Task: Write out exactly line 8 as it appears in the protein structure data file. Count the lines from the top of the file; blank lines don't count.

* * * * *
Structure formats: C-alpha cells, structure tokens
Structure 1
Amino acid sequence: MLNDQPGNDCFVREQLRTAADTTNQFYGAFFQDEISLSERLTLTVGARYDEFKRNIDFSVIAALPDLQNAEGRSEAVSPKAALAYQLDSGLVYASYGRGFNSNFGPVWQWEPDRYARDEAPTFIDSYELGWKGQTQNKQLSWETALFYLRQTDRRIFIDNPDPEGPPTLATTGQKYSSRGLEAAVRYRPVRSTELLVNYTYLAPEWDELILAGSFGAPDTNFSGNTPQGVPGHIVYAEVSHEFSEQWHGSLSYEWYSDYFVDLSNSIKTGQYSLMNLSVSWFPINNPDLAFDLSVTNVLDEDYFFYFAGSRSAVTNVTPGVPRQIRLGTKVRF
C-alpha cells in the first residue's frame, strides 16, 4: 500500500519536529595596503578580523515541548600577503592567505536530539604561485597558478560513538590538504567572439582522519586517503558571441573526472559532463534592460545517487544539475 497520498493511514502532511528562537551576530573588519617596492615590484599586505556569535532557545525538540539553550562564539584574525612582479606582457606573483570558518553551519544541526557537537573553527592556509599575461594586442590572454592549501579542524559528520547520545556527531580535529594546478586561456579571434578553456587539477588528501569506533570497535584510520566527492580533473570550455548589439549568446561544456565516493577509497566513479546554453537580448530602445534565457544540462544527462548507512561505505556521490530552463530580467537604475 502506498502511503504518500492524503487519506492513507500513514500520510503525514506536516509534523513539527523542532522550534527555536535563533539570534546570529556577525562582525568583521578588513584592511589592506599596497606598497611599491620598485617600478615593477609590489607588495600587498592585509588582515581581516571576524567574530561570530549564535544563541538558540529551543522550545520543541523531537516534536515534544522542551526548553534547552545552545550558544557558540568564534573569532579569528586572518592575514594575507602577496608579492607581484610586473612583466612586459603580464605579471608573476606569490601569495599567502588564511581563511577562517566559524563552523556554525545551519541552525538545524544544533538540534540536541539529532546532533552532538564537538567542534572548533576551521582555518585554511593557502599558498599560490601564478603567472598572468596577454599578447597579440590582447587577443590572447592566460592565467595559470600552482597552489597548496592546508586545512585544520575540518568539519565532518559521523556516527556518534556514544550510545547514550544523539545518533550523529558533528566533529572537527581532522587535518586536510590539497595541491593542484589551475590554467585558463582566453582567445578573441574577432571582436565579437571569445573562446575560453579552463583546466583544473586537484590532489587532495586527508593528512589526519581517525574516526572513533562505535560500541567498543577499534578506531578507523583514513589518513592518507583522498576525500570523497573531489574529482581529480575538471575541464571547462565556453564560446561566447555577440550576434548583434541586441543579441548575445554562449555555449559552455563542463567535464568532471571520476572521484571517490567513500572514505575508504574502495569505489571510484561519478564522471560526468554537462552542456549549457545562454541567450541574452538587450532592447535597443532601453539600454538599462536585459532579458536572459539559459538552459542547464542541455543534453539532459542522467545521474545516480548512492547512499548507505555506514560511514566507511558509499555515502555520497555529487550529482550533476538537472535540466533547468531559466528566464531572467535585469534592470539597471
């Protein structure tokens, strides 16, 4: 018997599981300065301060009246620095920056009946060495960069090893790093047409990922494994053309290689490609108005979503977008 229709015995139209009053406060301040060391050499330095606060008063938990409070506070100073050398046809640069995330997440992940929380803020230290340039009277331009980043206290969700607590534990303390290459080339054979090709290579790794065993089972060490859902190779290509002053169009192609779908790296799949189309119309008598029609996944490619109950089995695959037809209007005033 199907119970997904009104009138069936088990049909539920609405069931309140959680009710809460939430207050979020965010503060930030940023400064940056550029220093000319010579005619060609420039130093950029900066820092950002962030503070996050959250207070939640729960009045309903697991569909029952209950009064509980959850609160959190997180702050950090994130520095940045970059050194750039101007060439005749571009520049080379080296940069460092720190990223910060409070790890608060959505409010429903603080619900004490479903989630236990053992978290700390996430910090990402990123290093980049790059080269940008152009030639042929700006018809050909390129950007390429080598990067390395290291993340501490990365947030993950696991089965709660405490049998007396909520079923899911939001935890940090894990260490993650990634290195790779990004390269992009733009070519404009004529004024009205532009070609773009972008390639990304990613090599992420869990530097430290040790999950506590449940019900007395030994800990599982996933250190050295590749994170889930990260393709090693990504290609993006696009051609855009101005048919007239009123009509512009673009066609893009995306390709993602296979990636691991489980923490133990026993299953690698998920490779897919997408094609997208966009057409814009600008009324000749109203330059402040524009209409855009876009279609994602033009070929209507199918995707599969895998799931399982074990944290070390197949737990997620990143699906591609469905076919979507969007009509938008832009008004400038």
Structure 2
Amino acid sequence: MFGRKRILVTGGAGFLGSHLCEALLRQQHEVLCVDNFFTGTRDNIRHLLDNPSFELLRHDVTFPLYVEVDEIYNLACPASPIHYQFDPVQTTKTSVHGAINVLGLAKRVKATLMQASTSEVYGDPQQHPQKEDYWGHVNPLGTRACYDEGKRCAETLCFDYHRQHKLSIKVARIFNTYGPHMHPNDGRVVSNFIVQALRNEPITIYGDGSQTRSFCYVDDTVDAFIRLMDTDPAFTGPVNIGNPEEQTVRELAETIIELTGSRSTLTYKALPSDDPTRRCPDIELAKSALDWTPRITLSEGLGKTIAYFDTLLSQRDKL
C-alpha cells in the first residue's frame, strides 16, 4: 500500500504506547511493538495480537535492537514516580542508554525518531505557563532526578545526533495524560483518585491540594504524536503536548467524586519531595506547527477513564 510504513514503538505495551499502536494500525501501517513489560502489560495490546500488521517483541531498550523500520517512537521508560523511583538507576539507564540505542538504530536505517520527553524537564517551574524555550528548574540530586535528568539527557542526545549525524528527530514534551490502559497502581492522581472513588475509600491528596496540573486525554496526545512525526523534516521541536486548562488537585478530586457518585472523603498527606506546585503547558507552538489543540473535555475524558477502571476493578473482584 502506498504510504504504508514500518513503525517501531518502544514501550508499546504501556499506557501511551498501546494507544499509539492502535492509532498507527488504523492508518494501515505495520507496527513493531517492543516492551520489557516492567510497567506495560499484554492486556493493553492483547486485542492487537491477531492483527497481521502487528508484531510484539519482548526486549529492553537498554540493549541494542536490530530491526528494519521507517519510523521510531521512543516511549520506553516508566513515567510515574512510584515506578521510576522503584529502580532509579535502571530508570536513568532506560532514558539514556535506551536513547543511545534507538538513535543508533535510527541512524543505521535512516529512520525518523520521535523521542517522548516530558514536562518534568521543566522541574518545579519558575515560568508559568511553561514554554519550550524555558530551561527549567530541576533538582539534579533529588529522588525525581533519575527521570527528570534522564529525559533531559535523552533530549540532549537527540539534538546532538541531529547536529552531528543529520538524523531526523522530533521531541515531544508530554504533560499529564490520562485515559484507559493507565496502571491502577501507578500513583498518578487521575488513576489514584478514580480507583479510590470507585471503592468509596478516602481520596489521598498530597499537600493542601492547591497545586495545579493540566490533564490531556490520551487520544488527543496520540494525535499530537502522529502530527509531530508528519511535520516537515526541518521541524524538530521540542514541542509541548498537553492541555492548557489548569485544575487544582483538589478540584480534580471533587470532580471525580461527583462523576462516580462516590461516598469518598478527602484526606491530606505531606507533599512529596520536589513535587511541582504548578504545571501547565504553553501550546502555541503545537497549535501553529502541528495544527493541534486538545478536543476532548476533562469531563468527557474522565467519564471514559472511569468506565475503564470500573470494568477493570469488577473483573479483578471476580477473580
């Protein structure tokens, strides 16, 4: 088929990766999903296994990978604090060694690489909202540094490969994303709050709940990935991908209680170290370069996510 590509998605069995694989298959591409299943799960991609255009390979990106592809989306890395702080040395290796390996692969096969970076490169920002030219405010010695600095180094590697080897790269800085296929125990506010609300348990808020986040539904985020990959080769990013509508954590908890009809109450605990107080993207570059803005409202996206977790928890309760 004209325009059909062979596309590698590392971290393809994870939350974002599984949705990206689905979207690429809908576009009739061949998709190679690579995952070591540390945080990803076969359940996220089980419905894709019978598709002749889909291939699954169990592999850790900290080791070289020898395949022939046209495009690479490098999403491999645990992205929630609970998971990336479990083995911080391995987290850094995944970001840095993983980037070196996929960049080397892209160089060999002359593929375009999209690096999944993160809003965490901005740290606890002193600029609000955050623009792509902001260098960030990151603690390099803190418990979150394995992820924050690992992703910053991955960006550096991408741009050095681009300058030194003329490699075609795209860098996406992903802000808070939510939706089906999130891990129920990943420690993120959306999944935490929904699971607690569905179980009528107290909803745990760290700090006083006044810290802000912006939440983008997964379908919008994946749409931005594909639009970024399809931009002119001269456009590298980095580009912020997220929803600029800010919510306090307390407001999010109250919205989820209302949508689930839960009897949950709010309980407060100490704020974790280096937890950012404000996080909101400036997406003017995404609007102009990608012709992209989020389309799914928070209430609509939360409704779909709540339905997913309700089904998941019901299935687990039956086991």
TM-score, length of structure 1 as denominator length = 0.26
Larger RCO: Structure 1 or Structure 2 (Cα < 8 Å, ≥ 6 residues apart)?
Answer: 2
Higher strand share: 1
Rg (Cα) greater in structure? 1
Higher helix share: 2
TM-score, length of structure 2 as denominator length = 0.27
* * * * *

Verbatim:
C-alpha cells in the first residue's frame, strides 16, 4: 500500500504506547511493538495480537535492537514516580542508554525518531505557563532526578545526533495524560483518585491540594504524536503536548467524586519531595506547527477513564 510504513514503538505495551499502536494500525501501517513489560502489560495490546500488521517483541531498550523500520517512537521508560523511583538507576539507564540505542538504530536505517520527553524537564517551574524555550528548574540530586535528568539527557542526545549525524528527530514534551490502559497502581492522581472513588475509600491528596496540573486525554496526545512525526523534516521541536486548562488537585478530586457518585472523603498527606506546585503547558507552538489543540473535555475524558477502571476493578473482584 502506498504510504504504508514500518513503525517501531518502544514501550508499546504501556499506557501511551498501546494507544499509539492502535492509532498507527488504523492508518494501515505495520507496527513493531517492543516492551520489557516492567510497567506495560499484554492486556493493553492483547486485542492487537491477531492483527497481521502487528508484531510484539519482548526486549529492553537498554540493549541494542536490530530491526528494519521507517519510523521510531521512543516511549520506553516508566513515567510515574512510584515506578521510576522503584529502580532509579535502571530508570536513568532506560532514558539514556535506551536513547543511545534507538538513535543508533535510527541512524543505521535512516529512520525518523520521535523521542517522548516530558514536562518534568521543566522541574518545579519558575515560568508559568511553561514554554519550550524555558530551561527549567530541576533538582539534579533529588529522588525525581533519575527521570527528570534522564529525559533531559535523552533530549540532549537527540539534538546532538541531529547536529552531528543529520538524523531526523522530533521531541515531544508530554504533560499529564490520562485515559484507559493507565496502571491502577501507578500513583498518578487521575488513576489514584478514580480507583479510590470507585471503592468509596478516602481520596489521598498530597499537600493542601492547591497545586495545579493540566490533564490531556490520551487520544488527543496520540494525535499530537502522529502530527509531530508528519511535520516537515526541518521541524524538530521540542514541542509541548498537553492541555492548557489548569485544575487544582483538589478540584480534580471533587470532580471525580461527583462523576462516580462516590461516598469518598478527602484526606491530606505531606507533599512529596520536589513535587511541582504548578504545571501547565504553553501550546502555541503545537497549535501553529502541528495544527493541534486538545478536543476532548476533562469531563468527557474522565467519564471514559472511569468506565475503564470500573470494568477493570469488577473483573479483578471476580477473580